What Becomes a Legend Most, Philip Gefter’s new biography of photographer Richard Avedon, recounts his work with Marilyn, beginning with their first encounter in September 1954.
“Soon after Dick returned from shooting the collections in Paris, a publicity event was staged only blocks from his studio for the movie The Seven Year Itch … Dick may have known Sam Shaw through Milton Greene, but it’s possible, too, they first met in the theatre community … Shaw often conceived the entire publicity campaign for the films he worked on. The day before the subway grate scene, Shaw brought Marilyn Monroe and Billy Wilder, the director, to Avedon’s studio to be photographed for Harper’s Bazaar. Tagging along with them was Hedda Hopper, the gossip columnist …
Dick photographed Marilyn Monroe and Billy Wilder, and Sam Shaw documented the photographic session, as if he were making film stills of the publicity campaign itself. Marilyn is wearing a different white dress from the one she would wear on the subway grate, and a white fur stole around her shoulders. She walks around the studio barefoot, since the shot would not include her from head to toe. In Shaw’s pictures you can see Dick adjusting her hair and positioning her stole, laughing with her at times, or looking at her in mock exasperation. There is a fan on the set, perhaps to create the effect of wind blowing through her hair, simulating motion in a still image. In these behind-the-scenes pictures, it is striking how different Monroe looks when she is not performing for the camera. She is a rather pretty – if indistinct – young woman, but easily becomes ‘Marilyn’ in front of the camera.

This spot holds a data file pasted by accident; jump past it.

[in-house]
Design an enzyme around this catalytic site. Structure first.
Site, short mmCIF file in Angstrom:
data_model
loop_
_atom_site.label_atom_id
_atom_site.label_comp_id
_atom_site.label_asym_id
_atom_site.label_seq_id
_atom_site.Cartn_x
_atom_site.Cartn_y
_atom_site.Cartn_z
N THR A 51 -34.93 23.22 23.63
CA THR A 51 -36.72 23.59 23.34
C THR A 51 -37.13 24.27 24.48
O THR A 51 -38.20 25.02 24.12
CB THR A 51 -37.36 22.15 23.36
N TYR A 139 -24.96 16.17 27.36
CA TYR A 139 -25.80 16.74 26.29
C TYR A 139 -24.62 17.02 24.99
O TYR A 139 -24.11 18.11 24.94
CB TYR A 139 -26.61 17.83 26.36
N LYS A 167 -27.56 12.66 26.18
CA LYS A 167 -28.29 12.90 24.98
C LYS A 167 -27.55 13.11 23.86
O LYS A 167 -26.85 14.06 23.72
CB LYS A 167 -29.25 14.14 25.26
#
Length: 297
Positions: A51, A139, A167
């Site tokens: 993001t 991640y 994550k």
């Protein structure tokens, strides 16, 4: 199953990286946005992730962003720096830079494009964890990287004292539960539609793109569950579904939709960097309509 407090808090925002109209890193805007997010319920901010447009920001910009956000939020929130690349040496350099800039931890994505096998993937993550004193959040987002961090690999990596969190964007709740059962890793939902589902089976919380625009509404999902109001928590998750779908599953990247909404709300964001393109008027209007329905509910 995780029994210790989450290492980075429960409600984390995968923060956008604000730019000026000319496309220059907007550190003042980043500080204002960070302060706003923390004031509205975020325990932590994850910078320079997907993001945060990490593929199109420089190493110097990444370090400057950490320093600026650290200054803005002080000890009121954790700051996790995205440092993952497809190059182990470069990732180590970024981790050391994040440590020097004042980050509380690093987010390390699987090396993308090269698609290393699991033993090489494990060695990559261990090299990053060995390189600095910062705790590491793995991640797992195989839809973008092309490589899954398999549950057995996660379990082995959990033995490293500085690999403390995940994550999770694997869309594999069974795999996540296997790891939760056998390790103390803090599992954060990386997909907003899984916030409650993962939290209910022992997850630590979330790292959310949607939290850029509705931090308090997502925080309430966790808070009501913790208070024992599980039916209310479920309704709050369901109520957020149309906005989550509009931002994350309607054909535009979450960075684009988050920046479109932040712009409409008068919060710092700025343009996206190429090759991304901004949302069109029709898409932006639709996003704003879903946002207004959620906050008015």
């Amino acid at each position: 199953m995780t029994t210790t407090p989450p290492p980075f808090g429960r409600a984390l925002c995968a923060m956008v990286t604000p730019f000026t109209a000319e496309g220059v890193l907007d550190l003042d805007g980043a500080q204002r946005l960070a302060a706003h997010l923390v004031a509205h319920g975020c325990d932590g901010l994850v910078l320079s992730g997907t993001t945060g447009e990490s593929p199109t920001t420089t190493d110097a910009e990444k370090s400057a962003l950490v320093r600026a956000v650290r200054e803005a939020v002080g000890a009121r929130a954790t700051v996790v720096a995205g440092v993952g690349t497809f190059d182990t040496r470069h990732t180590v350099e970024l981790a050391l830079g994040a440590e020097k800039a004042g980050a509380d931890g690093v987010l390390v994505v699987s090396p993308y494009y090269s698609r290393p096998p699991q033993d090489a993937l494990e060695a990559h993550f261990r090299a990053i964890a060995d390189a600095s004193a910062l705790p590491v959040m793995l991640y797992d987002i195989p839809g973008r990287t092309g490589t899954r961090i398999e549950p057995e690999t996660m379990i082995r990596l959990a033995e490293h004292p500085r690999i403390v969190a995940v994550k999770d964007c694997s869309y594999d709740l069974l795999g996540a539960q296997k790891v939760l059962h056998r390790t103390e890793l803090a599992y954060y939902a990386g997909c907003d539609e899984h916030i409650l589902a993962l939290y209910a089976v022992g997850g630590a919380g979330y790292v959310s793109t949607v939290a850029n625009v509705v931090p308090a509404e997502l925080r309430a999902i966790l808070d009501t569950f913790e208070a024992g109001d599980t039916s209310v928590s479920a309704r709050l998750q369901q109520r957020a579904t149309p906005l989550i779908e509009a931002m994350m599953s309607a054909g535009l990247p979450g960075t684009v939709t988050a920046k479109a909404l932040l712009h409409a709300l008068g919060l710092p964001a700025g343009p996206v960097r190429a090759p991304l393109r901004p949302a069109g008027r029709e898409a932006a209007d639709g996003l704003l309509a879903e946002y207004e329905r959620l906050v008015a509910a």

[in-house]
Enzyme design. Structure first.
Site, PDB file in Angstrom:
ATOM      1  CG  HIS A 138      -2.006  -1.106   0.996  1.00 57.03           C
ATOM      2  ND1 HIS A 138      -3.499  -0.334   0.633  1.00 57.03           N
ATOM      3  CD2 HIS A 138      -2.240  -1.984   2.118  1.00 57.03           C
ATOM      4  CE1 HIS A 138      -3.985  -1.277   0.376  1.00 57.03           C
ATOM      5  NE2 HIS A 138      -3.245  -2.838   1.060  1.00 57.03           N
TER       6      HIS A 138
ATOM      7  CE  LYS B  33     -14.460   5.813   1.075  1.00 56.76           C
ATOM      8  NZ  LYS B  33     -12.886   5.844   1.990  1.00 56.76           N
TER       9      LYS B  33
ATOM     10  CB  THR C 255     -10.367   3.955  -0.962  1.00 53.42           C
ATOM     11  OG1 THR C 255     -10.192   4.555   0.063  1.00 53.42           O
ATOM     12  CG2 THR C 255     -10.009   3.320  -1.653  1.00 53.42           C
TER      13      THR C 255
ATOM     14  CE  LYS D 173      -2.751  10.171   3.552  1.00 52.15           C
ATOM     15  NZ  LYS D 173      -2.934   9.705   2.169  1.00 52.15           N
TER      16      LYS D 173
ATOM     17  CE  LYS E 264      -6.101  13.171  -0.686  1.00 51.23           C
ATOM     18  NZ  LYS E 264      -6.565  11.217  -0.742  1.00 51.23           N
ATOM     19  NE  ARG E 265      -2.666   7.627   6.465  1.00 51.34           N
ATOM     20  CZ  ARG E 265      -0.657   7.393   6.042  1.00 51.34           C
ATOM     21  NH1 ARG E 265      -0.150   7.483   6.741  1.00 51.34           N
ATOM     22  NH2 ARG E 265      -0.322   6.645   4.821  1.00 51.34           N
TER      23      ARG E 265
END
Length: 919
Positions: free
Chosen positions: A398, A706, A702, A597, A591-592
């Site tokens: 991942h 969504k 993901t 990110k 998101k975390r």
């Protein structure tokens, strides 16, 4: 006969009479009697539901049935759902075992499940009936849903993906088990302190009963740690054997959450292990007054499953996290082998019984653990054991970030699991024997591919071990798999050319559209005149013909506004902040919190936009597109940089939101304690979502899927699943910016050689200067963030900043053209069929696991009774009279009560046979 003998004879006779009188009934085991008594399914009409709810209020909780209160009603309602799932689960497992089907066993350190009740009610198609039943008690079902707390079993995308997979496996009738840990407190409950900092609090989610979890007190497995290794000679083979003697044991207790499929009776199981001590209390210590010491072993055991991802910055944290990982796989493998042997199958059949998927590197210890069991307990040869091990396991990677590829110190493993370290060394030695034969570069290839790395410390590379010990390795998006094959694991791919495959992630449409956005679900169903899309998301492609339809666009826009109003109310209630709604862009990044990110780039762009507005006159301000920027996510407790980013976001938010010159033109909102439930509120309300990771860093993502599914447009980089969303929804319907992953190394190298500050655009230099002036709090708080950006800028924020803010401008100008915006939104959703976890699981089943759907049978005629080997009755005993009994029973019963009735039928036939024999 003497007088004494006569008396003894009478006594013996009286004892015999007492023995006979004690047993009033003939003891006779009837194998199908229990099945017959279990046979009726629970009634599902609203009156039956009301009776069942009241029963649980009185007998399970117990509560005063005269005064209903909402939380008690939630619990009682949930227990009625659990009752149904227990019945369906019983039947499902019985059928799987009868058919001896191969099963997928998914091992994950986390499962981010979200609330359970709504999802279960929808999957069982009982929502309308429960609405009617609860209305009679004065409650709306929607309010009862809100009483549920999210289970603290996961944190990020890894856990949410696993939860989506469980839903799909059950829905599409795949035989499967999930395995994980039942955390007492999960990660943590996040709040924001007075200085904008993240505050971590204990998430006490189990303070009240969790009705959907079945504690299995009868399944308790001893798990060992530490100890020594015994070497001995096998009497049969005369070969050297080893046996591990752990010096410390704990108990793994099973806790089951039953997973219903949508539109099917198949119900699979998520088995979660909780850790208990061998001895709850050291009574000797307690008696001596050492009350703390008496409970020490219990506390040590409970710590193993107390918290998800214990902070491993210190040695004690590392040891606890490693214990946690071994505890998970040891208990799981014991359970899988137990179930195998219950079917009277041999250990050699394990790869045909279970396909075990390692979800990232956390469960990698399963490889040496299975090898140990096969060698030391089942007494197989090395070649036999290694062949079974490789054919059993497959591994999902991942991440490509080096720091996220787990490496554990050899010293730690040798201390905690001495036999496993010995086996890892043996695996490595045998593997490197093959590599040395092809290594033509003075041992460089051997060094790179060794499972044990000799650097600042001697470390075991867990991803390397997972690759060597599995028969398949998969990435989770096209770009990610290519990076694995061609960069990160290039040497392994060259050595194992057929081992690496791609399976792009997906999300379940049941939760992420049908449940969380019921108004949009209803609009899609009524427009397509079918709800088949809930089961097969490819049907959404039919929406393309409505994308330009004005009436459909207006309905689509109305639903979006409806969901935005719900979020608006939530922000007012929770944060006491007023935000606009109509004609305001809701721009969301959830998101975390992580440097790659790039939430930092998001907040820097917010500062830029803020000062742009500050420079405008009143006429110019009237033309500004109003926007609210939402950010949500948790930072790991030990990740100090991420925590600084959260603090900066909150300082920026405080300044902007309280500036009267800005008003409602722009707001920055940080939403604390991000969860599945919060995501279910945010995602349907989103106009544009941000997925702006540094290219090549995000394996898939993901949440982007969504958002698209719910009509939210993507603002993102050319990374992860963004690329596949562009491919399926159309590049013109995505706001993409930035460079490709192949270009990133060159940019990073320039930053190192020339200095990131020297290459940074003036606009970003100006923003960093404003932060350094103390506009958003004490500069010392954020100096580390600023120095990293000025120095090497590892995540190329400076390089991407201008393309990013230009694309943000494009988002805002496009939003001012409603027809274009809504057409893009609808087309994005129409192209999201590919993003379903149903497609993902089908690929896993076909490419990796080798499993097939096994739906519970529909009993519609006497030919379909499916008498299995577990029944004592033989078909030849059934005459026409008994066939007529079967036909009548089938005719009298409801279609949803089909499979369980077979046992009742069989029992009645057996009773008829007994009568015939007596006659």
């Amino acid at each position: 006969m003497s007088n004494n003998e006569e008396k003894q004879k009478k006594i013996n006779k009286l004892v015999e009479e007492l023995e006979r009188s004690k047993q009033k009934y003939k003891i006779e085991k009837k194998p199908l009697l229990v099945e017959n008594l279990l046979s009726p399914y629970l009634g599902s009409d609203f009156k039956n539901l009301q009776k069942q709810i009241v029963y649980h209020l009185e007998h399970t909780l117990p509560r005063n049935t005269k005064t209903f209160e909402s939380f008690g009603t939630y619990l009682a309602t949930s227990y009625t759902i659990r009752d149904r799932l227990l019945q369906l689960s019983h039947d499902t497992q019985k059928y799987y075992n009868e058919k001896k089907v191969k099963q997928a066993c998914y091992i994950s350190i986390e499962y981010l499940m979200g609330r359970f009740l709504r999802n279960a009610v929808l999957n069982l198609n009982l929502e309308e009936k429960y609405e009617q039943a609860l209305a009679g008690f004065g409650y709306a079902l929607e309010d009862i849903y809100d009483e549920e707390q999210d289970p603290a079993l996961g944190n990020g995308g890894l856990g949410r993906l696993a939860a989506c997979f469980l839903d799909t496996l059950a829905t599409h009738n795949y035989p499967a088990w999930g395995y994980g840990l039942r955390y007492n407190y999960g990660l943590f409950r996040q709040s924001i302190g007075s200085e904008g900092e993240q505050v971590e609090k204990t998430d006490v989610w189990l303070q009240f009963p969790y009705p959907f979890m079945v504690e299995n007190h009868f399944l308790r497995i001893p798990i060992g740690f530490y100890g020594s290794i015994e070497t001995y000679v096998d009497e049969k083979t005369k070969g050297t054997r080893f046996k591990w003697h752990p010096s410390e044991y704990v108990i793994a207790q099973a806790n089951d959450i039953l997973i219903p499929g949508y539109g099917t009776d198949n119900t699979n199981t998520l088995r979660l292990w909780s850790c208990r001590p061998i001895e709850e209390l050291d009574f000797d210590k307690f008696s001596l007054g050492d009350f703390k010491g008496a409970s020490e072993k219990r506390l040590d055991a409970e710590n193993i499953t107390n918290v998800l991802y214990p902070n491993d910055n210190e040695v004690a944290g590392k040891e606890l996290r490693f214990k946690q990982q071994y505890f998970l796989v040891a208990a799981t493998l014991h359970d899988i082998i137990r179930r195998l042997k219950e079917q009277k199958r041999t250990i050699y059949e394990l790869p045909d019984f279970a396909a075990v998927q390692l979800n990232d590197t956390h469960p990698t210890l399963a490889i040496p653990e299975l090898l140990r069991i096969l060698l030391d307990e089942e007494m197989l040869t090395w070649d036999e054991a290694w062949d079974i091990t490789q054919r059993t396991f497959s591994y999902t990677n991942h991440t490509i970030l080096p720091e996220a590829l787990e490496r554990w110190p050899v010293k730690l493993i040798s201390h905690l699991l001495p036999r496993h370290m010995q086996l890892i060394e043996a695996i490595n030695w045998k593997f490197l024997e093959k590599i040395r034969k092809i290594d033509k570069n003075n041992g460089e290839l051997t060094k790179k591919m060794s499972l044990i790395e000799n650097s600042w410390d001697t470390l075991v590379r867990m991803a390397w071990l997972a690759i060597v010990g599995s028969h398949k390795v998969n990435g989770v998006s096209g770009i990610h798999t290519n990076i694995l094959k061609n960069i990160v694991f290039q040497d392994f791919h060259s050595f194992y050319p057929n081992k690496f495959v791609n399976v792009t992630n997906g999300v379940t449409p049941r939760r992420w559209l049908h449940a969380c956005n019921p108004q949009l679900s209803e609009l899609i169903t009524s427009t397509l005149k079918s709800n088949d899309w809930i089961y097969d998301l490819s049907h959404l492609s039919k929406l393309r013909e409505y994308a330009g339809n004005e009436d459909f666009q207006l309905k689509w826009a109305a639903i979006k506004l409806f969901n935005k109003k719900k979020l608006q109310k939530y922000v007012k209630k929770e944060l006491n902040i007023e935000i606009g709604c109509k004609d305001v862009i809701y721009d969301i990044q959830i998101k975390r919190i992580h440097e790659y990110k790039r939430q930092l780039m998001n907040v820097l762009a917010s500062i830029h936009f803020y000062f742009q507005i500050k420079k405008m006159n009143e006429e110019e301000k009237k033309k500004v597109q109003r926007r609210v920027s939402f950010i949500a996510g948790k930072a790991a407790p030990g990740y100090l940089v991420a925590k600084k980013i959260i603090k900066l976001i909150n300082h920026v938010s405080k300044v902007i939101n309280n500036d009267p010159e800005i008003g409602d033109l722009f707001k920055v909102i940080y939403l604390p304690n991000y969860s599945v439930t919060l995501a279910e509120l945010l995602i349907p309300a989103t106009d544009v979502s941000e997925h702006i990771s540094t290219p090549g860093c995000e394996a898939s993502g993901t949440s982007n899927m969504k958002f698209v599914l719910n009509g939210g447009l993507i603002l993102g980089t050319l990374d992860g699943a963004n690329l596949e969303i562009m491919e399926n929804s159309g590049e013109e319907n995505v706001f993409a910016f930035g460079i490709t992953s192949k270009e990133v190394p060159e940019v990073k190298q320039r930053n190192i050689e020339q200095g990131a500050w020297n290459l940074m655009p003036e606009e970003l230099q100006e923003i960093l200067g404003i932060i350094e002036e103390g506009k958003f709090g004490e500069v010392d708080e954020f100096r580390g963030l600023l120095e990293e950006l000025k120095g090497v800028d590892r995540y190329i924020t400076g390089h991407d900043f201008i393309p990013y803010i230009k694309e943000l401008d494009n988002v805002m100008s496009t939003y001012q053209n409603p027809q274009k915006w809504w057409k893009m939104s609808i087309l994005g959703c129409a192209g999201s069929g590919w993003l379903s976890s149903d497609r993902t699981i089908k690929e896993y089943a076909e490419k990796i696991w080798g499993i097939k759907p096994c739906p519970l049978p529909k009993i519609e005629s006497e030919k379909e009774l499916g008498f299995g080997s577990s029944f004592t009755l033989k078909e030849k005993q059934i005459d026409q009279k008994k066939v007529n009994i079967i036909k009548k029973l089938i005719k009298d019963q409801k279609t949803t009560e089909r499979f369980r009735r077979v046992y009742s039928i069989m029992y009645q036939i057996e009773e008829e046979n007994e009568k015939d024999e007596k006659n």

Avedon’s picture of Marilyn Monroe and Billy Wilder appeared in the November 1954 issue of Harper’s Bazaar: Wilder points at the viewer – us – as Monroe, her head tilted back, her face a radiant mask, smiles brightly amid a frothy dazzlement of platinum hair and white fur, appearing to take delight in what Wilder is pointing out – her viewers. The text identifies Wilder as the director and Monroe as the star of The Seven Year Itch, giving him all the credit for her transformation and slipping in a dismissive description of her in the process: ‘He is one in the long line of skilful illusionists who have helped a calendar pin-up girl parlay her not inconsiderable resources into the image of the All-American Good Time Girl.’ In fact, she was the skilful illusionist of her own image …
The photo shoot with Marilyn Monroe and Billy Wilder may have been the first time the Hollywood publicity machinery co- opted Avedon’s prestige for its own purposes, even though it was a mutually beneficial arrangement. At this point in his career, Dick was an active participant in editorial choices about who was important enough or interesting enough to showcase for the magazine, and, at the time, Monroe may not have made his cut. Yet this Hollywood publicity portrait coincided with the beginning of Dick’s introduction to the world of Hollywood that would soon enough project him into yet another layer of stratospheric fame.”
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